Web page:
Concerns about software patents

Concerns about software patents

Summary: Recently it was announced that the U.S. Department of Justice is going to end its oversight of Microsoft since 2001, beginning on May 12, 2011.

SHARE:
TOPICS: Open Source
2

Recently it was announced that the U.S. Department of Justice is going to end its oversight of Microsoft since 2001, beginning on May 12, 2011. There has been some concern voiced about what will happen after that. I suspect things will carry on like normal at Microsoft, at least for the near future. Why? Because Microsoft is busy leveraging other ways to seek profits and try and undermine competition by using something else: software patents.

While patents themselves are a good thing, applying them to software can actually have an adverse effect. Patents protect physical devices from being cloned, but when dealing with software that is based on mathematical algorithms, software patents prohibit companies from competing with similar software products. And depending on how broad the patent is, it can affect multiple products that are based on the same mathematical algorithm or user interface. This allows a company to prevent the competition from designing software that can offer the consumer a choice between products. In the end, this gives the consumer only one choice on the market (in most cases), so that they must go to the vendor that holds the software patent.

Microsoft has taken this one step further, and has started using software patents to threaten competitors into paying royalties. Unfortunately, Microsoft has the leverage to do this because they hold the patents, and they can also leverage the legal system to hold up their claims. Effectively, this cripples the competition, and can pursuade them to seek other areas, giving control to Microsoft. Sound familiar? Some larger cases that have demonstrated this behaviour have been cases of Microsoft against very large companies like Amazon and Barnes & Noble. Barnes & Noble was the most recent case, and actually filed a countersuit claiming that Microsoft holds software patents for methods that they do not actually implement in their products. Those involved in this type of activity are sometimes referred to as a "patent troll". Another case recently arose between Google and a company called Bedrock Computer Technologies, LLC. The courts ruled in favor of Bedrock in this case, and later on Bedrock was tagged as a "patent troll" on blogs and other articles. I attempted to look into Bedrock a little as a company to see what exactly they do, and I wasn't even able to find an official website for the company. This adds to the mystery behind their claims.

There are also companies that are purposely set up to hoard patents, which Microsoft has been rumored to have used over the years as well by buying them up. On the outside this makes it appear that Microsoft has nothing to do with software patent claims because they are filed under a different company name, but under the covers the claims are in favor of Microsoft.

I'm not implicating that every lawsuit of Microsoft involving software patents is being used to squeeze royalties out of other companies. But some clearly do. Currently it seems like there is a mix of both, and in fact some companies have voluntarily filed claims against Microsoft, like i4i.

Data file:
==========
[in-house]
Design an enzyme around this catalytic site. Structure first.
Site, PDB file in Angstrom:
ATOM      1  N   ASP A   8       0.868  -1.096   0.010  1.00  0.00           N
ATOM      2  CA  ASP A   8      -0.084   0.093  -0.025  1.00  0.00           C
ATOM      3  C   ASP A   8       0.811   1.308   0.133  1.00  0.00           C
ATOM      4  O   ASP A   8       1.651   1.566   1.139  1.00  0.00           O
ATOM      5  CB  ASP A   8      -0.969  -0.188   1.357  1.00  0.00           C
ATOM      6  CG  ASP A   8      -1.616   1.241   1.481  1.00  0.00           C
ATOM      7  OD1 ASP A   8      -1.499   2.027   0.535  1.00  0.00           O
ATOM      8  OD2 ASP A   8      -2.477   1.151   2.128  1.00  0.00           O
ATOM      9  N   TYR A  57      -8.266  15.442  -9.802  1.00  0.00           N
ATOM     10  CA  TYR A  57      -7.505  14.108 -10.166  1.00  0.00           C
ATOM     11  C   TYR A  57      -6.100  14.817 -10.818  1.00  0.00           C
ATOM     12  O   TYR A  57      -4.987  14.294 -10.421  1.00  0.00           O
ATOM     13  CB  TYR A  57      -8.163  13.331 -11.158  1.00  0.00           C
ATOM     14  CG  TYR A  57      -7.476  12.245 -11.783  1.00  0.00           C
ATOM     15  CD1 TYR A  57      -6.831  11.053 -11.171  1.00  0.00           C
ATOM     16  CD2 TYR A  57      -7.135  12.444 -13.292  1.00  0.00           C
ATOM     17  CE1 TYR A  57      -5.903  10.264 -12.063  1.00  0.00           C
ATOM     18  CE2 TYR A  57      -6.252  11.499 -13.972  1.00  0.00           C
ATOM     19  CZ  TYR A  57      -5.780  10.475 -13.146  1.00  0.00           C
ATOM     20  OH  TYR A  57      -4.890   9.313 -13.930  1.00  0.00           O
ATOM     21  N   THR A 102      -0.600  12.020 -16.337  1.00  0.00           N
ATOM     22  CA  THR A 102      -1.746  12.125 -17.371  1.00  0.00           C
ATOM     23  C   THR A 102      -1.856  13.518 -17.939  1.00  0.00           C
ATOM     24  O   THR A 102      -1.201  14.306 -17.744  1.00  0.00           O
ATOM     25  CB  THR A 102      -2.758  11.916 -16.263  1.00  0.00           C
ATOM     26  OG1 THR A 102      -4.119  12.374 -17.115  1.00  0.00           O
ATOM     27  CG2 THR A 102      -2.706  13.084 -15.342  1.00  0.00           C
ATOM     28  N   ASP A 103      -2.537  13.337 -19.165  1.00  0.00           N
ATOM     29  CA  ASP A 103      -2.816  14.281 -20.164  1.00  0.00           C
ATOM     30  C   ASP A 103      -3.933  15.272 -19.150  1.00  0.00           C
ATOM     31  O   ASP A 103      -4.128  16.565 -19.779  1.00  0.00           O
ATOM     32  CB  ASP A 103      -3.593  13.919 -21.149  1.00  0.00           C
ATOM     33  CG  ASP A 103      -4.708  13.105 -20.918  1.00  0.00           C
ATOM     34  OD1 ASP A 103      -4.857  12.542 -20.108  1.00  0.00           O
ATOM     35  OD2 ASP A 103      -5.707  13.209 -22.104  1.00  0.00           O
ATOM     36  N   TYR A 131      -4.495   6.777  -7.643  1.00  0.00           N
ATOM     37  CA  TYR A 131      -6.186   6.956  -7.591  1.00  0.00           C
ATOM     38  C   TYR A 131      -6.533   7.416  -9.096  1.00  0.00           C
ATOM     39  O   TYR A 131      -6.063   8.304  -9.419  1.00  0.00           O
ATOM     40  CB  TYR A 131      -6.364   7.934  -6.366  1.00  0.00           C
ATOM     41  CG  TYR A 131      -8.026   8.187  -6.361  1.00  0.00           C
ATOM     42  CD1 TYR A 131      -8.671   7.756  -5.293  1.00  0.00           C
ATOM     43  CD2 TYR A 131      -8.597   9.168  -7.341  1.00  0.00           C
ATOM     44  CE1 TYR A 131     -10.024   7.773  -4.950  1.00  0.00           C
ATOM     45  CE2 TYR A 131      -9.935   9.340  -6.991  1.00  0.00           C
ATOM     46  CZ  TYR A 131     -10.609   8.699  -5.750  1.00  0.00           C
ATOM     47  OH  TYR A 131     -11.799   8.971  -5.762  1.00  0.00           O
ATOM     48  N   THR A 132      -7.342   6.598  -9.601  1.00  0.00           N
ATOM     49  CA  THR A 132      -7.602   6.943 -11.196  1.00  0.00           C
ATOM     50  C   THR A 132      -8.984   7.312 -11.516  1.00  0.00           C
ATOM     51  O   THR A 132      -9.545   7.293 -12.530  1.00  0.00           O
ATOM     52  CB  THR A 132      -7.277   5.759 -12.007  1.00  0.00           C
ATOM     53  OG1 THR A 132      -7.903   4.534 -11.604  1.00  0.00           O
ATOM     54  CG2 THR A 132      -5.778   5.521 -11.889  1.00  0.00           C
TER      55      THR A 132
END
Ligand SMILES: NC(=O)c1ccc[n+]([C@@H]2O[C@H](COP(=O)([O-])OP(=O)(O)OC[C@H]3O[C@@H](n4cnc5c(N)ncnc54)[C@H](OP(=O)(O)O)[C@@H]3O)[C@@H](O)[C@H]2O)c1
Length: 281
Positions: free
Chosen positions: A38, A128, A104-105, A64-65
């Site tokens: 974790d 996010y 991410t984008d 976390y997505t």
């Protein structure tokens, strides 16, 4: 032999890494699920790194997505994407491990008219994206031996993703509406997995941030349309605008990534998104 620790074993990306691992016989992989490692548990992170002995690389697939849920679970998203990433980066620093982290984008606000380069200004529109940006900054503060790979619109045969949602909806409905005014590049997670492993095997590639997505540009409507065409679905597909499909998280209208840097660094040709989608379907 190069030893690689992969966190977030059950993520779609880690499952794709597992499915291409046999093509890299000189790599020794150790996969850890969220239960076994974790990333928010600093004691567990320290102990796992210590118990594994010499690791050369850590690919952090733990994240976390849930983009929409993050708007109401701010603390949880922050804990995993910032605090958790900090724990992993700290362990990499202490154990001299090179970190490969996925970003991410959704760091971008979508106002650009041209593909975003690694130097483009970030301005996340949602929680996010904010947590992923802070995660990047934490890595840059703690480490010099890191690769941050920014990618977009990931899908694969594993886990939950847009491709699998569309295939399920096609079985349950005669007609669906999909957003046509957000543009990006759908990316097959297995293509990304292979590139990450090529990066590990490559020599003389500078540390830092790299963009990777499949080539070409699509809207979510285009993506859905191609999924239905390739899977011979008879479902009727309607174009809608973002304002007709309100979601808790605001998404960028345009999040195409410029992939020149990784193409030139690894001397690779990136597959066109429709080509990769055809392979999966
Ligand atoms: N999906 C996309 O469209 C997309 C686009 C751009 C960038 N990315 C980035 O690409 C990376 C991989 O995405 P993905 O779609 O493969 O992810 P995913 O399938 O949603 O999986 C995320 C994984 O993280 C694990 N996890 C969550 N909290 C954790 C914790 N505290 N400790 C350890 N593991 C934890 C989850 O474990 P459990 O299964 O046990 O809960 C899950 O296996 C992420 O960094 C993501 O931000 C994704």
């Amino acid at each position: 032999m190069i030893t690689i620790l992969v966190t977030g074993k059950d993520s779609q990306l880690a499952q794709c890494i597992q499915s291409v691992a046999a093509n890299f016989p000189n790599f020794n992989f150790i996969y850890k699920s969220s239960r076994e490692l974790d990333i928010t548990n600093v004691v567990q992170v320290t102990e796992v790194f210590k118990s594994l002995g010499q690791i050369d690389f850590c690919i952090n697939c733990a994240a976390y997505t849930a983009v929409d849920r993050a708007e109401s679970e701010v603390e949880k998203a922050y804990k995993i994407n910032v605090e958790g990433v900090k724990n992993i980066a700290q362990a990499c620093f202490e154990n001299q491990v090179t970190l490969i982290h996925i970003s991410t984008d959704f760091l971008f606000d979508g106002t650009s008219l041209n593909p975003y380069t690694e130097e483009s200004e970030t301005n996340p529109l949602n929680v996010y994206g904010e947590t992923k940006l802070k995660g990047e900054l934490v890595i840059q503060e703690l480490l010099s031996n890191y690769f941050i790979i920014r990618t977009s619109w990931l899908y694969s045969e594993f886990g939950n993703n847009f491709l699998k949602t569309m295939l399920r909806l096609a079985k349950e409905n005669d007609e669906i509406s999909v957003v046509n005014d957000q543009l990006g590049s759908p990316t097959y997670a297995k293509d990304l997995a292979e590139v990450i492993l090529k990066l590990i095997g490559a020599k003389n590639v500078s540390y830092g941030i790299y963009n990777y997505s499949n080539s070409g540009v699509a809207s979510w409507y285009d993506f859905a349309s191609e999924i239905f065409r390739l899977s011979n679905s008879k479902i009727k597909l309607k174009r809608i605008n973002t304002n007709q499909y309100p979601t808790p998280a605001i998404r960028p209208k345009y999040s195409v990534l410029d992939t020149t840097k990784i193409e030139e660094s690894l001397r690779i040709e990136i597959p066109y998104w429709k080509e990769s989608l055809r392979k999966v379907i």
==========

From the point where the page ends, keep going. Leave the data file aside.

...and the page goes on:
Regardless, to me it seems like resources are being drained within the legal system all because of greedy companies that are abusing the patent system for software. This should not be allowed and hopefully the courts will ensure that claims do not hurt the consumer. The use of software patents should be closely examined as a whole (which they were with the Bilski case that reached the U.S. Supreme Court). The little damage that has already been done by software patents is done. We just need to ensure that this type of activity doesn't spread, as the courts could have a difficult road ahead and companies like Microsoft will end up getting a virtualized monopoly all over again.

Thankfully there are also mechanisms that exist, to help prevent companies from abusing software patents, such as the GPLv3 license. A lot of open source software currently falls under the GPLv3 and older versions of the GPL which give the consumers much more freedom as a whole.

Topic: Open Source

Chris Clay

About Chris Clay

After administering Linux and Windows for over 17 years in multiple environments, my focus of this blog is to document my adventures in both operating systems to compare the two against each other. Past and present experiences have shown me that Linux can replace Windows and succeed in a vast variety of environments. Linux has proven itself many times over in the datacentre and is more than capable for the desktop.

Kick off your day with ZDNet's daily email newsletter. It's the freshest tech news and opinion, served hot. Get it.

Talkback

2 comments
Log in or register to join the discussion
  • I'm surprised to see no comments on this very fraught subject of software patents. I, personally, think there are choppy waters ahead and that a rewed assault in Linux is in the offing. Regardless of this, it will be extremely unfortunate if the big players increase their dominance and create new monopolies. It is a great failure, that when standards are created, they are not created open to all. After all they are a 'Standard'.
    The Former Moley
  • > It is a great failure, that when standards are created, they are not created open to all. After all they are a 'Standard'.

    I would agree. Things like the MPEG-LA should be frowned upon.
    TheKernel